Hiding in the Haystack

Encouraging developments in HIV research

By | May 1, 2015

ANDRZEJ KRAUZEJust 10 years after Richard Nixon declared war on cancer in 1971, what appeared to be an anomalous epidemiological puzzle heralded the onset of a new war that continues to be fought against another wily foe, the retrovirus HIV. In the war on cancer, there seems to be a real feeling that some kind of corner has been turned, and last month we focused on some of those hopeful advances, especially in the field of personalized drug regimens and immunotherapy. This month The Scientist covers the latest reconnaissance and tactical maneuvers that are exciting hopes that HIV/AIDS can actually be vanquished.

HIV is a stealthy interloper that inserts its genome into the DNA of the T cells it infects, causing a devastating illness. A cocktail of antiretroviral therapies (ART) has changed AIDS from a death sentence into a chronic, treatable condition for many. But the treatment is not a cure. Stop the drugs, and the virus roars back to fight anew. The largest obstacle to ridding the body of HIV is the virus’s seemingly universal establishment of latent reservoirs capable of ramping up to produce new infectious virions.

Hopeful straws in the wind include new vaccine designs and latent HIV eradication.

Several articles in the May issue address this sneaky behavior. “Hidden Menace” explores what’s known about the problem and the latest advances being made in the effort to destroy the reservoir. One audacious method, labeled “shock and kill,” proposes to reactivate latent HIV in order to wipe it out. You can read about recent research aimed at figuring out whether clonal T cells are harboring latent viral DNA. And Modus Operandi describes the use of whole-body immunoPET scans to locate tissue areas that host replicating SIV virus in macaques, including in animals known as elite controllers that naturally suppress infection.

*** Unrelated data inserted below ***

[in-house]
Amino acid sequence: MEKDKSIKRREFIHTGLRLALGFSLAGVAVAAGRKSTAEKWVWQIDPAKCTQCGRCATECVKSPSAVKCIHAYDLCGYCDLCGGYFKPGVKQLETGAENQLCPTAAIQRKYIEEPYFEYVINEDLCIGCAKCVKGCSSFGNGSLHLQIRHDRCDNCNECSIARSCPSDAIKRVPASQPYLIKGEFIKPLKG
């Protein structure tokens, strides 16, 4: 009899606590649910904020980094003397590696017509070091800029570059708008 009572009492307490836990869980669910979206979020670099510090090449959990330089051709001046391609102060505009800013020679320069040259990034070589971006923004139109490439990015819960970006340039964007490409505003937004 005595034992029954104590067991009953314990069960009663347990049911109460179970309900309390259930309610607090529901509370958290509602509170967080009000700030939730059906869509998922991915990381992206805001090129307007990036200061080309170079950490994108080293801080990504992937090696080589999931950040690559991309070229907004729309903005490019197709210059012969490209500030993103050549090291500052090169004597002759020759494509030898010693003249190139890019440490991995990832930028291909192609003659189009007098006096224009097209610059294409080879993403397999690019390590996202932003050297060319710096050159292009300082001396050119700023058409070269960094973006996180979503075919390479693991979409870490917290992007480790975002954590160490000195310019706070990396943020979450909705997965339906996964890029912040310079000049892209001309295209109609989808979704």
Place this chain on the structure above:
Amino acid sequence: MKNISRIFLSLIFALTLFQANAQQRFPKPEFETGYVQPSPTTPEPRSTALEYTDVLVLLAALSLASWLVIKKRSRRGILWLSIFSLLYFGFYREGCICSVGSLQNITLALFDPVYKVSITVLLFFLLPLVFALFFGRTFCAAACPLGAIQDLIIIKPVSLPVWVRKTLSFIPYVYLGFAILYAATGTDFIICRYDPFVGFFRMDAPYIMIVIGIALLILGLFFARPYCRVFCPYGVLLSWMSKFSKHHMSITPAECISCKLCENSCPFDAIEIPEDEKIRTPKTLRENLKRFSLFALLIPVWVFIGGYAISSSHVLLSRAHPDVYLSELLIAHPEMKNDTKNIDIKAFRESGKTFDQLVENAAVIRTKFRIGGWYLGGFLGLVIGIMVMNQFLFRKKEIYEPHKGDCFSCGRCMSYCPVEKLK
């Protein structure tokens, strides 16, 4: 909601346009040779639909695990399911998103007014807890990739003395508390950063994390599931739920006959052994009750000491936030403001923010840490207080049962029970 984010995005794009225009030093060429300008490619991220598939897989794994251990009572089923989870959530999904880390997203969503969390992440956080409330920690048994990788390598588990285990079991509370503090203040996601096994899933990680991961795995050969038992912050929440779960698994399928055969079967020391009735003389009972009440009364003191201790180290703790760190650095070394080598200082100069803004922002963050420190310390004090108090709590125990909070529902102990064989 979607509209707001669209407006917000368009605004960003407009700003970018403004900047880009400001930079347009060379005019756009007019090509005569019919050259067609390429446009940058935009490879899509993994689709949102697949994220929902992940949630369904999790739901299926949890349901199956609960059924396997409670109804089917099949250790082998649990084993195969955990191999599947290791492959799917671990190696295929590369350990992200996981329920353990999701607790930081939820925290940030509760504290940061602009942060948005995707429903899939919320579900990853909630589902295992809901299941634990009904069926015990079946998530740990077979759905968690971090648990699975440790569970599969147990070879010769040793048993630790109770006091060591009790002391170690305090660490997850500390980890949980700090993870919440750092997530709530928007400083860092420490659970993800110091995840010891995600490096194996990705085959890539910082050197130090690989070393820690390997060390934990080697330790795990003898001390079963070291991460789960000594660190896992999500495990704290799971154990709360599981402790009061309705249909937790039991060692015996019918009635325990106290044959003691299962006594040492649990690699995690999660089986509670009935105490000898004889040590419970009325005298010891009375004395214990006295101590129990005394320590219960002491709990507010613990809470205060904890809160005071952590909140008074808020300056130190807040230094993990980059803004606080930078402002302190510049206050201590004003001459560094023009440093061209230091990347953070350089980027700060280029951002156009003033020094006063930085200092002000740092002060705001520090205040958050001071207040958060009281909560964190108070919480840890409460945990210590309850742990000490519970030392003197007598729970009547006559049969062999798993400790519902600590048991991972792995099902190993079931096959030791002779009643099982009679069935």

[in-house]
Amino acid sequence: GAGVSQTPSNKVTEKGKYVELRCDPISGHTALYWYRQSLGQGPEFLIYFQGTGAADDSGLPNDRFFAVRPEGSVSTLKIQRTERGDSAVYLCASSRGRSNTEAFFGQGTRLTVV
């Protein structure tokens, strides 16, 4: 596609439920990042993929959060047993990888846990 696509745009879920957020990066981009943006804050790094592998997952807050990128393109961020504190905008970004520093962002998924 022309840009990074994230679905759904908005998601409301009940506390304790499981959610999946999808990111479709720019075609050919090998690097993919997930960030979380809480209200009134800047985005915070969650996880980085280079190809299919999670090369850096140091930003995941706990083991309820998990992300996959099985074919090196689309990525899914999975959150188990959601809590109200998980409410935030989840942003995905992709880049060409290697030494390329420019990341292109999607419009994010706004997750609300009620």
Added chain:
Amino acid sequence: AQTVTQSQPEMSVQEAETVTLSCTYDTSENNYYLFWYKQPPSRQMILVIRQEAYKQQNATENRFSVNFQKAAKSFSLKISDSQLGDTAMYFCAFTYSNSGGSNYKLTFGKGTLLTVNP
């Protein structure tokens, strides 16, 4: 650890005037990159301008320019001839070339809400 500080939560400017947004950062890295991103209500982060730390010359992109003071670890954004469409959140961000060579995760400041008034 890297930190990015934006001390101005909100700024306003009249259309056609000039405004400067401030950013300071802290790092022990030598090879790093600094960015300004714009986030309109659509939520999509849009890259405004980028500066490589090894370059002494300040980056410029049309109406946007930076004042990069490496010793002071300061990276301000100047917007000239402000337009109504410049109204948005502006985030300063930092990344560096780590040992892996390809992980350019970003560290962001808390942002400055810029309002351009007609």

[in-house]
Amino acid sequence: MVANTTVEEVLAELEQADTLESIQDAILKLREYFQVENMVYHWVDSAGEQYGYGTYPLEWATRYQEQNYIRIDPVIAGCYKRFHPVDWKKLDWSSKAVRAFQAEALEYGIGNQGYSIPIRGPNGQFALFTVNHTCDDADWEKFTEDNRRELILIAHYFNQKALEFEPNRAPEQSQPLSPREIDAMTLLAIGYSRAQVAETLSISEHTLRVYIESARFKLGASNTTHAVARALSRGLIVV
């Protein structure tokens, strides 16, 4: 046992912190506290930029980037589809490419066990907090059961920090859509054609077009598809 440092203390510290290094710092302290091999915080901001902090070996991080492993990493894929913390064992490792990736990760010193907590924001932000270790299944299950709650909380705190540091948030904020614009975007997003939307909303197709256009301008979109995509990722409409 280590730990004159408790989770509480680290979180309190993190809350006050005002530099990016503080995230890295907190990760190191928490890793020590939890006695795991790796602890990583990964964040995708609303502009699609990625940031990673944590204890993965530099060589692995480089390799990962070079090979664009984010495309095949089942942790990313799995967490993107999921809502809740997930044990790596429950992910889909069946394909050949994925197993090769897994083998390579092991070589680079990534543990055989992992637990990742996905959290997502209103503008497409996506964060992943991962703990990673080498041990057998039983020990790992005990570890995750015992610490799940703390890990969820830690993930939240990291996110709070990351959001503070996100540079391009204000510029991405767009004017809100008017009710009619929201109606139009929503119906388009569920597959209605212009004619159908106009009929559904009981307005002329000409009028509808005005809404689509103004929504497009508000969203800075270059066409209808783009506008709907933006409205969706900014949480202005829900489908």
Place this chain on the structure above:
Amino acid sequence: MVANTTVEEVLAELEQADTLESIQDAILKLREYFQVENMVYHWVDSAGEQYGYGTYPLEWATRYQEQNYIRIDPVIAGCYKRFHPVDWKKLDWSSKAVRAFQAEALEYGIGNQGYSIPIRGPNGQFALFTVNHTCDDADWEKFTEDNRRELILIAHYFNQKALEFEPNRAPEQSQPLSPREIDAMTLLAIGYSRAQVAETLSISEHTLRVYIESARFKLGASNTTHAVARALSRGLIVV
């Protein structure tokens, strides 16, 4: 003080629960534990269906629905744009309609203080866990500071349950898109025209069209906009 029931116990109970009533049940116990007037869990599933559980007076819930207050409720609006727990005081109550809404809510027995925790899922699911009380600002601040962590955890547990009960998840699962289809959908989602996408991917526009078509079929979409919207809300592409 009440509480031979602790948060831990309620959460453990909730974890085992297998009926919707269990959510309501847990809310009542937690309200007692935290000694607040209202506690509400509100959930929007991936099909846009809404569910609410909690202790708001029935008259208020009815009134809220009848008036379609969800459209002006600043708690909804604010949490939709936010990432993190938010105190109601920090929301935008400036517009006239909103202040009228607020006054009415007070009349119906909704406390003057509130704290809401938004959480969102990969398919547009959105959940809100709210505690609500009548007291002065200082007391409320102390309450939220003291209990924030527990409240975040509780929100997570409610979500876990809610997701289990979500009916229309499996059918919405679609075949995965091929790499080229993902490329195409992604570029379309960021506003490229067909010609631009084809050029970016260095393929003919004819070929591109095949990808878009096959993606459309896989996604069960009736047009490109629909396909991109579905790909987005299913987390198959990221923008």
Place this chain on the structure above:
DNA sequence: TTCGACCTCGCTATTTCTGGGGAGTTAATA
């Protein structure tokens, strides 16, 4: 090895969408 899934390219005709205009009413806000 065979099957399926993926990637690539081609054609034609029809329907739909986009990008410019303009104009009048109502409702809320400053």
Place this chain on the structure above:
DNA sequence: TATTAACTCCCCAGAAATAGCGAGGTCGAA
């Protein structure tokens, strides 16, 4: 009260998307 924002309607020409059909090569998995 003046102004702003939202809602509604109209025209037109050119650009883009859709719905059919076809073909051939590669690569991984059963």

Only 14 million of the 35 million people infected with HIV are on ART, according to a World Health Organization estimate. Many of those are not on the treatment because they are unaware that they are infected, and thus serve as sources of new infections. The quest for an effective vaccine that would protect against HIV has been ongoing for as long as the cause of AIDS has been known. In “Defeating the Virus,” veteran quester Wayne Koff, chief scientific officer at the International AIDS Vaccine Initiative, describes the exciting state of current HIV vaccine research, from designer immunogens based on new knowledge of the most effective broadly neutralizing antibodies, to direct injection of such antibodies (or the genes coding for them), to cellular immunity ramped up via custom-designed mosaic antigens.

New and unconventional drug design continues at a furious pace. A February 2014 online Nature paper generated a huge and hopeful buzz, reporting the effectiveness (in animals) of a two-armed decoy made from pieces of the two receptors (CD4 and CCR5) to which HIV must bind in order to gain entry to host T cells. Researchers are investigating unusual antibodies produced by llamas, alpacas, and camels for effectiveness as vaginal microbicides because the molecules are relatively insensitive to pH. And CRISPR gene-editing systems designed to cripple CCR5 or to cut out inserted viral DNA have been demonstrated in vitro. Our May profilee, virologist Carol Carter, studies HIV assembly and release with the aim of identifying new viral protein targets.

There are, of course, many facets other than research that must be addressed if the AIDS epidemic is to be halted. But a view from the ramparts suggests that after more than three decades of relentless basic research, a number of clever flanking actions may finally turn the tide in the war against HIV.


Mary Beth Aberlin  Editor-in-Chief  eic@the-scientist.com

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